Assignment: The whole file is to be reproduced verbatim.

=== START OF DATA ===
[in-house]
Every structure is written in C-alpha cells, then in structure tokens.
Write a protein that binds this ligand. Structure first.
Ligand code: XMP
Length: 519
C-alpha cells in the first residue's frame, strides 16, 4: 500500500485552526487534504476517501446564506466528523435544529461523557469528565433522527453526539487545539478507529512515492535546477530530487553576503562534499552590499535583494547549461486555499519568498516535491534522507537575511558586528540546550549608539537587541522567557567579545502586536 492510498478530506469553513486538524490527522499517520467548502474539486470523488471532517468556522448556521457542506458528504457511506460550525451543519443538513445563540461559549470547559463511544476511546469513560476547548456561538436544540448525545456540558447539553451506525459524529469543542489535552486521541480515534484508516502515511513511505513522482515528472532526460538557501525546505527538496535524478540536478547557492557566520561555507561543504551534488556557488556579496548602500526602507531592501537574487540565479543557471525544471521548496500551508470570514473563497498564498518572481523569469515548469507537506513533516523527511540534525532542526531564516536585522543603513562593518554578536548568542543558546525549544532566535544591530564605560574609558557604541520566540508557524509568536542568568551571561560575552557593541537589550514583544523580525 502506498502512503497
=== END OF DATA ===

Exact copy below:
[in-house]
Every structure is written in C-alpha cells, then in structure tokens.
Write a protein that binds this ligand. Structure first.
Ligand code: XMP
Length: 519
C-alpha cells in the first residue's frame, strides 16, 4: 500500500485552526487534504476517501446564506466528523435544529461523557469528565433522527453526539487545539478507529512515492535546477530530487553576503562534499552590499535583494547549461486555499519568498516535491534522507537575511558586528540546550549608539537587541522567557567579545502586536 492510498478530506469553513486538524490527522499517520467548502474539486470523488471532517468556522448556521457542506458528504457511506460550525451543519443538513445563540461559549470547559463511544476511546469513560476547548456561538436544540448525545456540558447539553451506525459524529469543542489535552486521541480515534484508516502515511513511505513522482515528472532526460538557501525546505527538496535524478540536478547557492557566520561555507561543504551534488556557488556579496548602500526602507531592501537574487540565479543557471525544471521548496500551508470570514473563497498564498518572481523569469515548469507537506513533516523527511540534525532542526531564516536585522543603513562593518554578536548568542543558546525549544532566535544591530564605560574609558557604541520566540508557524509568536542568568551571561560575552557593541537589550514583544523580525 502506498502512503497